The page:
One of the most notable things about your sound is its eclectic nature. That’s not exactly something most bands predict. Did you set out to fuse so many influences or was that something that came out?

CG: In 2018, there are so many different genres of music and it would be impossible for us to pick one.

I love, for instance, how “Sugamilk” manages to move between garage rock, arena rock and then back. That seems like the kind of song that’s perfect for the stage.

CG: It’s a high energy song. The entire “Black Champagne” EP is made to be played live and in front of a crowd.

The guitar and drum sounds on this disc is big and roomy. How did you go about capturing that?

CG: We used Chaplin’s in Spring City, PA. It is an old Charlie Chaplin Theater with really tall ceilings and a lot of open space. We used the entire space of the studio by placing mics in multiple places instead of just on the drums or in front of the amps. We did the microphone in a bathroom thing.

One can also hear dashes of peak-era psychedelic music and the 1970s coming in over time and yet it doesn’t sound like you’re trying to ape something. [Can you talk about keeping the sound “true”?]

CG: We honestly have been learning a lot of Queen and Led Zeppelin lately and we have always liked a lot of early Rock and Roll from the 50s 60s and 70s.

“Jack Knife” opens with that kind of over-the-top sound. It’s almost like something that sounds like a jam. And then it moves into something else.

CG: This song definitely started as a Jam. We were just messing with the synth and came up with what we all thought was a cool hook. Then Dee wrote some really provocative lyrics and the song was pretty much done. Jack Knife is one of the most spontaneous songs we have come up with. John’s guitar solos really came to life in the studio.

And “Happy Bee” has that buzzing, overdriven thing. There are moments where I have to wonder if it’s fully improvised. But then the vocals come in and there’s a glue there.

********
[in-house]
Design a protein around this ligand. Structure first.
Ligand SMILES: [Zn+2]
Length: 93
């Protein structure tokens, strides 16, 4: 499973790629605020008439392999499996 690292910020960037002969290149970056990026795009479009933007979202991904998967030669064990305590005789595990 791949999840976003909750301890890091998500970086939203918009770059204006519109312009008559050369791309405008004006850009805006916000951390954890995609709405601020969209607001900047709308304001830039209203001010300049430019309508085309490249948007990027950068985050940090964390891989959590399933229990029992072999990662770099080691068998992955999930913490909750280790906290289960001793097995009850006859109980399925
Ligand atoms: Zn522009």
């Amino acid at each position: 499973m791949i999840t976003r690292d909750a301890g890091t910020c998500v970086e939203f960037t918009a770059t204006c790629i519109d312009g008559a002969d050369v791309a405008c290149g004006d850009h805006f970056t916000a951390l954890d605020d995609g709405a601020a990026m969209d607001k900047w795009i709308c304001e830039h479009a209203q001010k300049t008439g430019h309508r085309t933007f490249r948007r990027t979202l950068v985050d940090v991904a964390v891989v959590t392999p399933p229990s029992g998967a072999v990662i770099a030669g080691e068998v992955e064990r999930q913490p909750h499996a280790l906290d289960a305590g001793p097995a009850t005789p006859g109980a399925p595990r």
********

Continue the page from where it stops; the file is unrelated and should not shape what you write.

CG: This song is almost 4 years old, it has changed a lot overtime and the studio definitely put a final touch to it. Really, when we wrote “Jack Knife” the synth got added to Happy Bee and it started to take shape. Since the song is so old I feel like we do pretty much just jam on it without thinking too much but it does just come out the same pretty much every time.

I love how “Crooks & Murders” blends elements of production and performance.

CG: We did actually have a lot of fun with the intro and outro of this song. We took the piano part from the breakdown in the middle of the song and ran it through the tape machine with Engineer/Producer Chris Cachuela who used his finger to stop and start the tape. He basically played DJ on an old school tape machine to create the warping effect. Other than this little production trick most of the album is recorded live with overdubbing on Guitar, Vocals and some bass tracks.

The album closes with “Whiskeyhand” which combines elements of sophisticated rock and folk, for lack of a better of a term. It’s like a character study at times.

CG: Whiskey Hand is actually on the “Let it Down” EP from last year (2017), it is just one of our most popular songs still. Whiskey Hand is a ballad about the rise and fall of friendship with yourself and others. It takes a lot of influence from Rock, R&B and the stomp style folk. You could also say it’s a song about drinking whiskey.